Experts urged to ratify Minamata Convention to phase out mercury-added products পারদযুক্ত পণ্যের ব্যবহার বন্ধে মিনামাতা কনভেনশন অনুমোদনের আহ্বান সেন্টমার্টিন সৈকতে প্লাস্টিকের আগ্রাসন 72 birds die eating pesticide-treated masakalai Educate girls to save the planet শিশুর সর্দি-কাশি সারানোর ঘরোয়া উপায় 50 Books All Kids Should Read Before They’re 12 24 thousand under 5 children die of pneumonia in Bangladesh annually গ্রিনহাউস গ্যাস কমানোর লক্ষ্যে নানা উদ্যোগ Maldives: Eco-friendly product export destination for Bangladesh

Study: transition to renewable energy could create 162,000 jobs in Wisconsin

Moving away from fossil fuels could create thousands of jobs, improve public health, and increase overall economic activity by nearly $14 billion in Wisconsin, according to a new study. Despite providing the frac sand used to extract oil and natural gas, Wisconsin has no significant fossil fuel deposits to exploit and generates three-quarters of its electricity with coal and natural gas, leaving it with one of the largest “energy deficits” in the country.

Coal is shipped in from other states (97 percent comes from Wyoming, according to data from the Energy Information Administration), natural gas is piped in from around the country, and petroleum products come from around the world. As of 2016, Wisconsin was spending about $14.4 billion a year on those fossil fuels, according to the study released this week by COWS, a UW-Madison think tank.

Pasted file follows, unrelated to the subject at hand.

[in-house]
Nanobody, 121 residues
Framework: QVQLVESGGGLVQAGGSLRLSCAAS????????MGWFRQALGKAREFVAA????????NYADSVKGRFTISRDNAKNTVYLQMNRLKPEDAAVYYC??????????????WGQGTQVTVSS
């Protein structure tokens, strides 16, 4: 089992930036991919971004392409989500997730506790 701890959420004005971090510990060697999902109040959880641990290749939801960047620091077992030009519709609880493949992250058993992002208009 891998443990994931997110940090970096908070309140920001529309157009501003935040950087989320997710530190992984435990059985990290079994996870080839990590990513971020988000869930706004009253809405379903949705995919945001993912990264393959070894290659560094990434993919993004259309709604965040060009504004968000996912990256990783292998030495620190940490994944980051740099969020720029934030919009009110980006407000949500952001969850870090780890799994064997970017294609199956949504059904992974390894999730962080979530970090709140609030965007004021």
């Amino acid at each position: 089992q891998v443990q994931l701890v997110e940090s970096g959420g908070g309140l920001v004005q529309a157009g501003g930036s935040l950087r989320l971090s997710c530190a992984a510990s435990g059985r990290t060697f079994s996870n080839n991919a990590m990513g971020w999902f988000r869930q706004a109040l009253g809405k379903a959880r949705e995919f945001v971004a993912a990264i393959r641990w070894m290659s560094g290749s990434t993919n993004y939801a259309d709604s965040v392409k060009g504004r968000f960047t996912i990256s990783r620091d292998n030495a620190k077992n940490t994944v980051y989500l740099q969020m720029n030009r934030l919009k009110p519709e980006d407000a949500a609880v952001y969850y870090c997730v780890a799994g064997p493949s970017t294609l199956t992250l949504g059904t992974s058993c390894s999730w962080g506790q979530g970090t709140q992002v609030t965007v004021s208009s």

By converting the electric power sector to in-state renewables — such as wind and solar — and powering vehicles with that clean electricity (along with some biofuels), the study suggests the state could keep that money within its borders and more than double the number of energy-related jobs. That would generate nearly $570 million a year in additional tax revenue, which could be used to offset added costs.

The study, done at the request of La Crosse County, is hypothetical and doesn’t address technological challenges. “The impetus for this whole study was just to figure out whether producing our energy in-state would be beneficial to the economy and people and the environment of Wisconsin,” said David Abel, a UW energy researcher and lead author of the study.

For More:

Posted by on Feb 12 2019. Filed under Renewable energy. You can follow any responses to this entry through the RSS 2.0. You can leave a response or trackback to this entry

Leave a Reply


Which Country is most Beautifull?

View Results

Loading ... Loading ...